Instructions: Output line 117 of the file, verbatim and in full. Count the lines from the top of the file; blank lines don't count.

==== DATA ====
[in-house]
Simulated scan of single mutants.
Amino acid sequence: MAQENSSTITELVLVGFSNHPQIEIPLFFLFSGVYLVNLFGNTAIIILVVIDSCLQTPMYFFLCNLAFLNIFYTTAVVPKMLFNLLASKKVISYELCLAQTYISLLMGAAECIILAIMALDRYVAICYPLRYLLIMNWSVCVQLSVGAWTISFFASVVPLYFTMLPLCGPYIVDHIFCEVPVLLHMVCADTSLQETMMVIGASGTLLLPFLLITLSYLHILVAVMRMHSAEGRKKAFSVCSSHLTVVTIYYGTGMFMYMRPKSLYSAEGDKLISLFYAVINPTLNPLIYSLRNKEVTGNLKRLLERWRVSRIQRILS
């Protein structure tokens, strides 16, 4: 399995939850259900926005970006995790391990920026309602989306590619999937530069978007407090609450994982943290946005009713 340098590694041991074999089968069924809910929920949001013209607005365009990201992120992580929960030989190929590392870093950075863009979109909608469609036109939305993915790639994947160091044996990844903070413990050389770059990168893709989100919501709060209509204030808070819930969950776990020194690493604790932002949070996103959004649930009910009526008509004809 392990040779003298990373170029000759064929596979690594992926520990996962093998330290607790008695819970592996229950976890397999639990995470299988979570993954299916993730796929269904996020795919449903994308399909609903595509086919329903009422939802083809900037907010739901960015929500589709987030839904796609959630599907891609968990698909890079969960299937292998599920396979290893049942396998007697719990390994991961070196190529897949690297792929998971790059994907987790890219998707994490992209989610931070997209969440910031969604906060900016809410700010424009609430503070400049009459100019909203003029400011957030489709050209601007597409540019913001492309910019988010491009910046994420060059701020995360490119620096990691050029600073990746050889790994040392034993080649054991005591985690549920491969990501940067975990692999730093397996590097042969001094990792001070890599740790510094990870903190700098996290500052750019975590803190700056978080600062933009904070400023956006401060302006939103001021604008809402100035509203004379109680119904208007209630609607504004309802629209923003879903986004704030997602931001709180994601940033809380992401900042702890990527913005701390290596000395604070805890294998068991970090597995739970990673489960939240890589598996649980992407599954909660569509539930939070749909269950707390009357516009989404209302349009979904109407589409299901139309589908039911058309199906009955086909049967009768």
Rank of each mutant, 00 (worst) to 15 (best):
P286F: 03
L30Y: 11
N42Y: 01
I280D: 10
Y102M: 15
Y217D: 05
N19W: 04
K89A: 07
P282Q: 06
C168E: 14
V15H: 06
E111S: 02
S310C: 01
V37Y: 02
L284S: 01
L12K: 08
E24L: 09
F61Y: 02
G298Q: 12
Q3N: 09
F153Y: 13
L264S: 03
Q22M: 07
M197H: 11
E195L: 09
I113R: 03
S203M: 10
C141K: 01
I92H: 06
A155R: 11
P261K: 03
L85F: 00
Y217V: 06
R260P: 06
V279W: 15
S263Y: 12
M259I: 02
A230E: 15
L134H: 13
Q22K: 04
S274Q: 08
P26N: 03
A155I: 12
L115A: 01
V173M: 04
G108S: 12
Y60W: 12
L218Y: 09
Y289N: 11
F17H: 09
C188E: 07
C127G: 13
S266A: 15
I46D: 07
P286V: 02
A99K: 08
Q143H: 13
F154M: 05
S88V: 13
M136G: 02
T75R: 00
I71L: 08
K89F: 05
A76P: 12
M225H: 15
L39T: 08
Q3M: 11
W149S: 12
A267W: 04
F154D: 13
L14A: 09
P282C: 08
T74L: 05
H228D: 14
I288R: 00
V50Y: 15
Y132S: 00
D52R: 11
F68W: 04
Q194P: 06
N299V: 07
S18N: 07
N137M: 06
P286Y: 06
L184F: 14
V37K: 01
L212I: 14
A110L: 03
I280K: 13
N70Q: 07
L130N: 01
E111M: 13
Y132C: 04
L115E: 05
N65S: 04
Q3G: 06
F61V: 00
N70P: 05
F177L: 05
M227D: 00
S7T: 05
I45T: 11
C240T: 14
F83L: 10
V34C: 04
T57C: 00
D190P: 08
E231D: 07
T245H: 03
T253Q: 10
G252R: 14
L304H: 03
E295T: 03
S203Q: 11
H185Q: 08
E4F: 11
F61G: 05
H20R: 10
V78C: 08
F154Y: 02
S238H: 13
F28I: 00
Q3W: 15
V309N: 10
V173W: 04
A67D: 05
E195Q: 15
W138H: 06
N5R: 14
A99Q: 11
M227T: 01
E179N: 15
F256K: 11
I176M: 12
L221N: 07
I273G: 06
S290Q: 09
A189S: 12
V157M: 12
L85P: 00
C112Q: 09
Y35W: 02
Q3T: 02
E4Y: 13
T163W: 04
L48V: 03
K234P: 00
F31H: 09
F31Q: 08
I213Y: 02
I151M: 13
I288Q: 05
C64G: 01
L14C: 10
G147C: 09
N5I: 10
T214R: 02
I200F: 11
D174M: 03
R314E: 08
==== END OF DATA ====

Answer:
L304H: 03